April Publishes New Vacation Insights, Examines Tendency to Return Less Relaxed Than Before Departure

Share Article

April looks at human tendency to return from vacation less relaxed than before one departs.

News Image
Over-planning is one of the major contributors to something we call restless vacation syndrome, and should be avoided at all costs.

As a follow-up to its eye-opening examination of air security protocols, APRIL Travel Protection (http://www.AprilTravelProtection.com) – the new U.S. division of 26-year-old APRIL Travel Group – looks at many reasons travelers feel they often need a vacation from their vacation.

  • The Over-Planner

You know the type. Their to-do lists often provide a minute-by-minute breakdown of the day’s activities, allotting just enough time for everything from PTA meetings to conjugal activities. Yet they somehow manage to accomplish in a matter of hours what most of us do in a week. By their very nature, these obsessive Type A personalities are perennially in dire need of relaxation. However, their instincts often leave them feeling like they need a vacation from their vacation.

For example, European rail options make it easy to move around the continent, but a dozen European cities in two weeks is a bit ambitious. It may seem like an efficient way to take full advantage, but checking in and out of hotels can be stressful. More travel points also means greater opportunity for logistical “whoops” moments as missing one departure can lead to a domino effect that jeopardizes other pre-arranged activities. Furthermore, you’ll barely scratch the surface of any one destination. In order to become immersed in a local culture, one needs to spend at least a few days in each city.

Over-planning is one of the major contributors to something we call restless vacation syndrome, and should be avoided at all costs. European river cruising is an ideal (and significantly more relaxing) travel method for those seeking a broad overview of multiple destinations, but it’s not for everyone. If you do insist on planning a logistically complicated itinerary, a comprehensive travel insurance policy is crucial.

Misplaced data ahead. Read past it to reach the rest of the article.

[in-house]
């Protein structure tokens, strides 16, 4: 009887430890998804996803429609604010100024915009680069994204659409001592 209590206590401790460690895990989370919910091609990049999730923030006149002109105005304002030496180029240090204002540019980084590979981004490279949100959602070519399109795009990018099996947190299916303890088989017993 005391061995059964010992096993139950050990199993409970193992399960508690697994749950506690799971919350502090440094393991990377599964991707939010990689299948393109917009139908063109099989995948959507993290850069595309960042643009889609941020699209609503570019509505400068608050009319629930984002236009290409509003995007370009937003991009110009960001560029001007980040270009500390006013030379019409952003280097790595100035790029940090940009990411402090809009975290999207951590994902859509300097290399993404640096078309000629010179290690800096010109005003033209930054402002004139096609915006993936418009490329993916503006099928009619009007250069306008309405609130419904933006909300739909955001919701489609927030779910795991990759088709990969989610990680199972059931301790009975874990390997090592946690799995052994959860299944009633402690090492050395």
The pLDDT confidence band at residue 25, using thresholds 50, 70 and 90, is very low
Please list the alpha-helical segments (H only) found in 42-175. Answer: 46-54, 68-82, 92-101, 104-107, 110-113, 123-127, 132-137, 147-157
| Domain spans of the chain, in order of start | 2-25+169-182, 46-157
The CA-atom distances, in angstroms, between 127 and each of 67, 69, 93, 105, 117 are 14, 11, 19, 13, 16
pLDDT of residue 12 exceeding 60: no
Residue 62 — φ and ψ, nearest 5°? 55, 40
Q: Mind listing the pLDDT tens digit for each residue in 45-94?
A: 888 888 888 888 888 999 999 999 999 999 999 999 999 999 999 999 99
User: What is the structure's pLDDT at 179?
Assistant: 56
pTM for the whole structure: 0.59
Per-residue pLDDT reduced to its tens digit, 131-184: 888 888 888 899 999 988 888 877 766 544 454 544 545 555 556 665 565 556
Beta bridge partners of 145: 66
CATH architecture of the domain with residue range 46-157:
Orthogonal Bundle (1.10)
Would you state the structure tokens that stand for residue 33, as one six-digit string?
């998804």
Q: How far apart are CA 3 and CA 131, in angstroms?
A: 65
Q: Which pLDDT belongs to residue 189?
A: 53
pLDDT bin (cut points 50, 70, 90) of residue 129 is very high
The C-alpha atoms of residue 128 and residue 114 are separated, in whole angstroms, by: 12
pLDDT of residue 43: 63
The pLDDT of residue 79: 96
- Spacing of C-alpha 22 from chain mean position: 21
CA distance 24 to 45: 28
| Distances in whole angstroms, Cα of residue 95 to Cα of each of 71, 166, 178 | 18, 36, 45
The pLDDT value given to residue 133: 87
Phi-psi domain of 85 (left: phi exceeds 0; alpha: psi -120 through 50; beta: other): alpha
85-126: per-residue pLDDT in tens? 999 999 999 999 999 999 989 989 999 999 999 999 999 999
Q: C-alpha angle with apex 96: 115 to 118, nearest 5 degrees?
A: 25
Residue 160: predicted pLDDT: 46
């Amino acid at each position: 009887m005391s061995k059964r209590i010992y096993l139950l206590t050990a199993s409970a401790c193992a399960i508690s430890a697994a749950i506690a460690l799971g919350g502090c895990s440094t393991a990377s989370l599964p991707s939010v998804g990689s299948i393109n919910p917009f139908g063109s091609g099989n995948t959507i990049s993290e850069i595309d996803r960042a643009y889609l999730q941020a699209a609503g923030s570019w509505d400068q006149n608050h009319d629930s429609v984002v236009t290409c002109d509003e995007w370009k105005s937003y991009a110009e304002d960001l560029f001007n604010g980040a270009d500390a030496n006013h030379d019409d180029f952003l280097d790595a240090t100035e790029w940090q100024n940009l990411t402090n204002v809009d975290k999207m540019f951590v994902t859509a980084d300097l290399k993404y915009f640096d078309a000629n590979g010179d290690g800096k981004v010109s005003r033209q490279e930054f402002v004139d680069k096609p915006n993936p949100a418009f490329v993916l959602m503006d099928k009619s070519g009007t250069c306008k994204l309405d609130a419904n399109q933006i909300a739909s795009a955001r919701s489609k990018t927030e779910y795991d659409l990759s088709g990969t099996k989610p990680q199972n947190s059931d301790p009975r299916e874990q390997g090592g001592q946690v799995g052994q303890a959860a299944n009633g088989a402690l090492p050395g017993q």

• The Compulsive Sightseer

Armed with an inadequate pair of worn loafers, an assortment of tacky Hawaiian shirts and a Fodor’s guide book, these do-it-yourselfers take to the streets on day one, hoofing it from attraction to attraction without any real understanding of the distance between.

Escorted motor coaches are becoming less popular as more and more travelers are booking FIT vacations, which is how the industry refers to independent travel. While this is a great way to stumble onto seldom promoted hidden gems, rucksack vacationers are prone to a number of health hazards from blisters and sprains to heat stroke and dehydration. For those who prefer to chart their own course, we recommend pedicabs whenever possible.

Unlike a traditional taxi or motor coach, you’re experiencing the sounds and aromas of the destination while enjoying an open-air breeze and keeping your own physical exertion to a minimum. These local entrepreneurs often function as unofficial tour guides as they can point out areas of interest which might not be on your radar. We also recommend comprehensive travel protection as most American health insurance policies do not cover foreign travel.

  • The Poor Budgeter

The tendency to splurge on one’s vacation is not a rare phenomenon, but it’s easy to get blindsided by unexpected expenses from the moment one arrives at the airport and is confronted by checked-baggage fees for the wife’s three-piece luggage set. In cases like this, paying the extra fee is a far better alternative to arguing over whether the hotel room will have its own hairdryer. It will, of course, but your wife is always going to be right so just cough up the fee and save yourself the headache because that hairdryer is coming and there’s not a damn thing you can do about it.